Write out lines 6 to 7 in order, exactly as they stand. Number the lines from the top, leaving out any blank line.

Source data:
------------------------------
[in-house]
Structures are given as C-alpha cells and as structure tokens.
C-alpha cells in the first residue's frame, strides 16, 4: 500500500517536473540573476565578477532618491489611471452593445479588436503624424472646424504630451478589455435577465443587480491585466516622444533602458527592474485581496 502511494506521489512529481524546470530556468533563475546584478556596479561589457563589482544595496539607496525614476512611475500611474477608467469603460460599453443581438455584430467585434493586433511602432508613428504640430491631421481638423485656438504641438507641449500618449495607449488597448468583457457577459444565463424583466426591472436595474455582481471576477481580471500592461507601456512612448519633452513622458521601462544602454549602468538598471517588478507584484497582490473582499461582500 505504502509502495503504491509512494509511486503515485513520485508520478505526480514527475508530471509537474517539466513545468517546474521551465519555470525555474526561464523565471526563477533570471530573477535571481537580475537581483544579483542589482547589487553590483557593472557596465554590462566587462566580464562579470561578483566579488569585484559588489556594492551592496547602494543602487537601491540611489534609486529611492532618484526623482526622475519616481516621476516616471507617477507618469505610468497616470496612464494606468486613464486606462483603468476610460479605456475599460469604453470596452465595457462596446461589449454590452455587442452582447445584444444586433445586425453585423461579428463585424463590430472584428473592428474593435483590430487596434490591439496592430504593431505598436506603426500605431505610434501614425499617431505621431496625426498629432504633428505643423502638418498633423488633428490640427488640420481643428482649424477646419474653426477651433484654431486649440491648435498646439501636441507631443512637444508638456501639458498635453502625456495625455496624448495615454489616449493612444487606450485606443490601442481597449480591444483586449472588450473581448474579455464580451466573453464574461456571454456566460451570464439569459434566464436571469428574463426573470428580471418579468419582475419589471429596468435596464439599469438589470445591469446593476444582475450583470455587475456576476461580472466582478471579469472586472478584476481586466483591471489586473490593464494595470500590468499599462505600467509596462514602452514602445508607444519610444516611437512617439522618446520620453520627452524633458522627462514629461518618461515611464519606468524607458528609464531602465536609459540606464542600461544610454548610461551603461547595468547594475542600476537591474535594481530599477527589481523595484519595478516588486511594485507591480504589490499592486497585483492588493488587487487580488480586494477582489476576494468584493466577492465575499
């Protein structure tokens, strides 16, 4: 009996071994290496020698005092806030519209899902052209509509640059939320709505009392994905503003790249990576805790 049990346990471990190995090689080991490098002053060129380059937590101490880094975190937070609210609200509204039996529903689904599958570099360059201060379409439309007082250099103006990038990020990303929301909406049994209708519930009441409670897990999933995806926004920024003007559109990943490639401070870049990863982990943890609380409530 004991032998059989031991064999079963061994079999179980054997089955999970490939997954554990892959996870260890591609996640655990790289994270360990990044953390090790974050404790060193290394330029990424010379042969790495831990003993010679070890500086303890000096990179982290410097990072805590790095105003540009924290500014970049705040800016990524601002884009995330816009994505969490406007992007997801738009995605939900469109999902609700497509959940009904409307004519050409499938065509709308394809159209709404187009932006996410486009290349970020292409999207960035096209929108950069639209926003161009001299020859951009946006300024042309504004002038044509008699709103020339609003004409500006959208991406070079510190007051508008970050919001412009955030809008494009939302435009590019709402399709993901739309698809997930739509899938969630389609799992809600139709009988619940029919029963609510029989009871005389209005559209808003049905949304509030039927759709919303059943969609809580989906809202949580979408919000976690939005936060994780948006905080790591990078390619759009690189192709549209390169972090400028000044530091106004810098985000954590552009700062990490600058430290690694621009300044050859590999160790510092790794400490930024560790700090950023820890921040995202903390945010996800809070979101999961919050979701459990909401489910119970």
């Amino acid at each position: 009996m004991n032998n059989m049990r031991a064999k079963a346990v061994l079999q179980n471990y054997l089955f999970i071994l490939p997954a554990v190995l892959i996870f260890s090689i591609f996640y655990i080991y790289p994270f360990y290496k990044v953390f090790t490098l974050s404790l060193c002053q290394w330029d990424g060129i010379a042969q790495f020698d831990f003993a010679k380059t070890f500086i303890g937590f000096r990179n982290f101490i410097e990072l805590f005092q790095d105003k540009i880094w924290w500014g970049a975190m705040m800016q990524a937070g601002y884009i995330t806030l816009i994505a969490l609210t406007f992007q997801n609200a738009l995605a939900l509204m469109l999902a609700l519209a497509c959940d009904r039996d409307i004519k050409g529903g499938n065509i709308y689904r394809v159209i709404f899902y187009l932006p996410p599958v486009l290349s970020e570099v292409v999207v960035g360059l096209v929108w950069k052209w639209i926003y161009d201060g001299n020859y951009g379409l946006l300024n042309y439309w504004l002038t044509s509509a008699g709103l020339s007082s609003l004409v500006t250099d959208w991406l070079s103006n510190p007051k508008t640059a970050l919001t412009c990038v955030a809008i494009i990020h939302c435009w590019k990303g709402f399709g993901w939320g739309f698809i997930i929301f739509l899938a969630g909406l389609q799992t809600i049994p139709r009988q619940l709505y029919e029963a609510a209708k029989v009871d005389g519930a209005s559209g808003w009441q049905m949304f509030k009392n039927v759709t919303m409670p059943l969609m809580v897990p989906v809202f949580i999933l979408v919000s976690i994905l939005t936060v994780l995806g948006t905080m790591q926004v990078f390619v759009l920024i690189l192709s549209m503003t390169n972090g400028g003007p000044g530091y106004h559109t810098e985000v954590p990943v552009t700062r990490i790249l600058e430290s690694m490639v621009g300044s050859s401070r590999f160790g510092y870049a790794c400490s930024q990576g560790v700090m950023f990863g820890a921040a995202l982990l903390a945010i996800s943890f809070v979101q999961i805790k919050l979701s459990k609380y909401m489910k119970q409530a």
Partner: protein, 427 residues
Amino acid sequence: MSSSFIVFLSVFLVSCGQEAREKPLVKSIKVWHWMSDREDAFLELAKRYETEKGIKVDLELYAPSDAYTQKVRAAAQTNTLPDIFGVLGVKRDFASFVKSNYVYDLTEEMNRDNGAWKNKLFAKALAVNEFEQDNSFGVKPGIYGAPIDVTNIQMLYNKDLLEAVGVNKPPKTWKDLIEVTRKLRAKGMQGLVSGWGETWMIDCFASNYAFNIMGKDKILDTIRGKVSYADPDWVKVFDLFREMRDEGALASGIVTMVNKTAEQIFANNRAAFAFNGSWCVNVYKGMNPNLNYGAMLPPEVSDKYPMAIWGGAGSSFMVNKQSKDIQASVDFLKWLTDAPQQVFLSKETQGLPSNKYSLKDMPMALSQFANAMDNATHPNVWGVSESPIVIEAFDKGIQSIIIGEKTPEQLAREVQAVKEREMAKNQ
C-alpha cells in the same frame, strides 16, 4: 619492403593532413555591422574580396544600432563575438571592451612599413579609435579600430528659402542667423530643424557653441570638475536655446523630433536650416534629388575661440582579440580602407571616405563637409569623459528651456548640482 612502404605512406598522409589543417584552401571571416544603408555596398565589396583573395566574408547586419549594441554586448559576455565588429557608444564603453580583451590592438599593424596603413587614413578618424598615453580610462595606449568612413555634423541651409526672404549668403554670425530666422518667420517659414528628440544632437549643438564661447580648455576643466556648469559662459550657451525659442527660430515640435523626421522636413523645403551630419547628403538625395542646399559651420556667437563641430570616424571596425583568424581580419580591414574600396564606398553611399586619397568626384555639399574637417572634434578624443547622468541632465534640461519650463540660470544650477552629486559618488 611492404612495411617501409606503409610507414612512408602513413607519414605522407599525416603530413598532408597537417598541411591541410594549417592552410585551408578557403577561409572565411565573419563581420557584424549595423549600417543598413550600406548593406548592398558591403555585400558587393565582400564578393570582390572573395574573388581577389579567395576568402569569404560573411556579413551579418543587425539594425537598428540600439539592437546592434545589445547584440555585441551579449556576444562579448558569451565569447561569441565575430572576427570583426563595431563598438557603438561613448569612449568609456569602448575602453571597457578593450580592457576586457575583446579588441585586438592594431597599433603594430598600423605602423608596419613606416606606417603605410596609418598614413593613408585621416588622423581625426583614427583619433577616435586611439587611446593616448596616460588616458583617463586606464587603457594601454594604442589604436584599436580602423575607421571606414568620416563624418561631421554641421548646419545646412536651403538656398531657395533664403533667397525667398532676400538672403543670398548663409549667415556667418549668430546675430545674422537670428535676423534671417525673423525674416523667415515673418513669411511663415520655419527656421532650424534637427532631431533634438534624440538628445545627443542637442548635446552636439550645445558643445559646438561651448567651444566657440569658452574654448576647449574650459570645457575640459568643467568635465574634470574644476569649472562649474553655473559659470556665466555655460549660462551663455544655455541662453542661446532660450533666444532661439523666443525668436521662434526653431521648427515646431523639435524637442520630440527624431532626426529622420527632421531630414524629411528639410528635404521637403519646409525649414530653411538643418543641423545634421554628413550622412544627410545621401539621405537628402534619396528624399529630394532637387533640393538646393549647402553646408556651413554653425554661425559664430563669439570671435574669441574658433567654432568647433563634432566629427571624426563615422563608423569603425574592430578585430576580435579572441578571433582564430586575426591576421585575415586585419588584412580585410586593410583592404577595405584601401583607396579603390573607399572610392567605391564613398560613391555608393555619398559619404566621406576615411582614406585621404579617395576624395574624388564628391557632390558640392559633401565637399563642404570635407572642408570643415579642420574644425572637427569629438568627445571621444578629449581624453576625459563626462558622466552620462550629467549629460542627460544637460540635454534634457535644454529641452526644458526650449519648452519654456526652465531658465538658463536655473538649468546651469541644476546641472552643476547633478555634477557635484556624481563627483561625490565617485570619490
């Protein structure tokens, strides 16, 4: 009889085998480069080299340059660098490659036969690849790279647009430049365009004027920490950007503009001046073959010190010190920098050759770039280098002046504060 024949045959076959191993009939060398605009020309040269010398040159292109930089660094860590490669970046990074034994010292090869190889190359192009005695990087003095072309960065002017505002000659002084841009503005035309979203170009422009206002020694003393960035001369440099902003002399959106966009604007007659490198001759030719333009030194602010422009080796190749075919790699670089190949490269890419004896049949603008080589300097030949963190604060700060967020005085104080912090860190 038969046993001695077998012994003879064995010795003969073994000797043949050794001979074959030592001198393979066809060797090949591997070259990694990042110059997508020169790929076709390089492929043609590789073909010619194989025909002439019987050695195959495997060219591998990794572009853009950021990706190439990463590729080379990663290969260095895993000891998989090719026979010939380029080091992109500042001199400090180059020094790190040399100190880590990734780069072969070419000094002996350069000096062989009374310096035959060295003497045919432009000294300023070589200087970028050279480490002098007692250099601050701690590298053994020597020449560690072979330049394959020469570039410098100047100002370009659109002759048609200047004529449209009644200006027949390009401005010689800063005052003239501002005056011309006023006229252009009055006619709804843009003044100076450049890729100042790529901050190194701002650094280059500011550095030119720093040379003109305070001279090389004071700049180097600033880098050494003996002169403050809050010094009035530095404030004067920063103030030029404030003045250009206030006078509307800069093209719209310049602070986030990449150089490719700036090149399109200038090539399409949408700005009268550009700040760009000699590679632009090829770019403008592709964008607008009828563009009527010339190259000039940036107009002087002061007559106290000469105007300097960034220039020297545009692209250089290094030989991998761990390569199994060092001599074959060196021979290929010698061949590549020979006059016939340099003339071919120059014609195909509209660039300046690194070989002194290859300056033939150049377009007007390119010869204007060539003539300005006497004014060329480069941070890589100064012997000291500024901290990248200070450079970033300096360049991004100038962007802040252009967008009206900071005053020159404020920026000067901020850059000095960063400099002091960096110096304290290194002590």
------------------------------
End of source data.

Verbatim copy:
Partner: protein, 427 residues
Amino acid sequence: MSSSFIVFLSVFLVSCGQEAREKPLVKSIKVWHWMSDREDAFLELAKRYETEKGIKVDLELYAPSDAYTQKVRAAAQTNTLPDIFGVLGVKRDFASFVKSNYVYDLTEEMNRDNGAWKNKLFAKALAVNEFEQDNSFGVKPGIYGAPIDVTNIQMLYNKDLLEAVGVNKPPKTWKDLIEVTRKLRAKGMQGLVSGWGETWMIDCFASNYAFNIMGKDKILDTIRGKVSYADPDWVKVFDLFREMRDEGALASGIVTMVNKTAEQIFANNRAAFAFNGSWCVNVYKGMNPNLNYGAMLPPEVSDKYPMAIWGGAGSSFMVNKQSKDIQASVDFLKWLTDAPQQVFLSKETQGLPSNKYSLKDMPMALSQFANAMDNATHPNVWGVSESPIVIEAFDKGIQSIIIGEKTPEQLAREVQAVKEREMAKNQ